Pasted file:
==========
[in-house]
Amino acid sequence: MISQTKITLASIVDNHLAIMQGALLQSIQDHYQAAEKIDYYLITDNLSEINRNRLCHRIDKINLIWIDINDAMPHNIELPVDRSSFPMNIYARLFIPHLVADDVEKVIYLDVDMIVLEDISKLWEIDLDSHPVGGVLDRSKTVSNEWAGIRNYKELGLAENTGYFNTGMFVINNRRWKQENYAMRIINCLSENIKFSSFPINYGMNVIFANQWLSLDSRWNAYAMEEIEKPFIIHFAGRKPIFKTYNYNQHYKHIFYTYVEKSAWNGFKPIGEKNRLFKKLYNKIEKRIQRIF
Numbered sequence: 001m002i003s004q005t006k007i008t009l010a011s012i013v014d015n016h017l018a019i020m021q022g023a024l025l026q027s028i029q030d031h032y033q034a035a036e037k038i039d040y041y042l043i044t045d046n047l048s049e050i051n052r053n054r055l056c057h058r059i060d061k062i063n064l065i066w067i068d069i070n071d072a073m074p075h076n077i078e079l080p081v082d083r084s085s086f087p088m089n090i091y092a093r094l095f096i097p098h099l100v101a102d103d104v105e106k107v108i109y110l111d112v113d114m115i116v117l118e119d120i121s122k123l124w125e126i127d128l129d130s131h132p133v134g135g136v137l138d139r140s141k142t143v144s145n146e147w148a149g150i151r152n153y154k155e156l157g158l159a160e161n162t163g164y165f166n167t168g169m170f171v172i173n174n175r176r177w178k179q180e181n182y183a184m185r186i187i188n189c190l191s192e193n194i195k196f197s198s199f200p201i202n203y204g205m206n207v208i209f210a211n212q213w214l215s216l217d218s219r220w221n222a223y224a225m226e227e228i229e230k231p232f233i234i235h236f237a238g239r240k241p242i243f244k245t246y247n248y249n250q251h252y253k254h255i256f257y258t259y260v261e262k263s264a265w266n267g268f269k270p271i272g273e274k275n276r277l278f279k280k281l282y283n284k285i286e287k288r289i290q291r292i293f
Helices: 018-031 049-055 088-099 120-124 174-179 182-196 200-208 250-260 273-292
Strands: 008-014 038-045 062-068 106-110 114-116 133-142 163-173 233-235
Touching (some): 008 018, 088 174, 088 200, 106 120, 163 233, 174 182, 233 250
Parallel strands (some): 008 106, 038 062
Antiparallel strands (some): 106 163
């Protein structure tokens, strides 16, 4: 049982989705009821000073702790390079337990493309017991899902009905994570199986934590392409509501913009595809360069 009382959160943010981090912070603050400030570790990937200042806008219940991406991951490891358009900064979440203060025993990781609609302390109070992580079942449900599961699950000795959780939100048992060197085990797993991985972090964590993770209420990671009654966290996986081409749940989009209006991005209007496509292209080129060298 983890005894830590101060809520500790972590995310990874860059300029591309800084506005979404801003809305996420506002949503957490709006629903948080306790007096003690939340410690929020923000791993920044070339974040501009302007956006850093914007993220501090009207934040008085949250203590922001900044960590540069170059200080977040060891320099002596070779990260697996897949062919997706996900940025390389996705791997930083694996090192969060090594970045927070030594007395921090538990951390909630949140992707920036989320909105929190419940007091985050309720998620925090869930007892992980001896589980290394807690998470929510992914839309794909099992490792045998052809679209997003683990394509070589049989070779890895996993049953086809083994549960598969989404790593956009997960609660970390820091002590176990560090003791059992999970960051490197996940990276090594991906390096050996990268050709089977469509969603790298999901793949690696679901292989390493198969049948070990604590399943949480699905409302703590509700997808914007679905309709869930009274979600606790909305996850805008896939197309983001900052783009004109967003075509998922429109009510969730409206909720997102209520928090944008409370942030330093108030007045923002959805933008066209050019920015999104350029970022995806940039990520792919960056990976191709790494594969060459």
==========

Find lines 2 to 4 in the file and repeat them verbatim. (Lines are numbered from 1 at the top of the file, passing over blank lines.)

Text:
Amino acid sequence: MISQTKITLASIVDNHLAIMQGALLQSIQDHYQAAEKIDYYLITDNLSEINRNRLCHRIDKINLIWIDINDAMPHNIELPVDRSSFPMNIYARLFIPHLVADDVEKVIYLDVDMIVLEDISKLWEIDLDSHPVGGVLDRSKTVSNEWAGIRNYKELGLAENTGYFNTGMFVINNRRWKQENYAMRIINCLSENIKFSSFPINYGMNVIFANQWLSLDSRWNAYAMEEIEKPFIIHFAGRKPIFKTYNYNQHYKHIFYTYVEKSAWNGFKPIGEKNRLFKKLYNKIEKRIQRIF
Numbered sequence: 001m002i003s004q005t006k007i008t009l010a011s012i013v014d015n016h017l018a019i020m021q022g023a024l025l026q027s028i029q030d031h032y033q034a035a036e037k038i039d040y041y042l043i044t045d046n047l048s049e050i051n052r053n054r055l056c057h058r059i060d061k062i063n064l065i066w067i068d069i070n071d072a073m074p075h076n077i078e079l080p081v082d083r084s085s086f087p088m089n090i091y092a093r094l095f096i097p098h099l100v101a102d103d104v105e106k107v108i109y110l111d112v113d114m115i116v117l118e119d120i121s122k123l124w125e126i127d128l129d130s131h132p133v134g135g136v137l138d139r140s141k142t143v144s145n146e147w148a149g150i151r152n153y154k155e156l157g158l159a160e161n162t163g164y165f166n167t168g169m170f171v172i173n174n175r176r177w178k179q180e181n182y183a184m185r186i187i188n189c190l191s192e193n194i195k196f197s198s199f200p201i202n203y204g205m206n207v208i209f210a211n212q213w214l215s216l217d218s219r220w221n222a223y224a225m226e227e228i229e230k231p232f233i234i235h236f237a238g239r240k241p242i243f244k245t246y247n248y249n250q251h252y253k254h255i256f257y258t259y260v261e262k263s264a265w266n267g268f269k270p271i272g273e274k275n276r277l278f279k280k281l282y283n284k285i286e287k288r289i290q291r292i293f
Helices: 018-031 049-055 088-099 120-124 174-179 182-196 200-208 250-260 273-292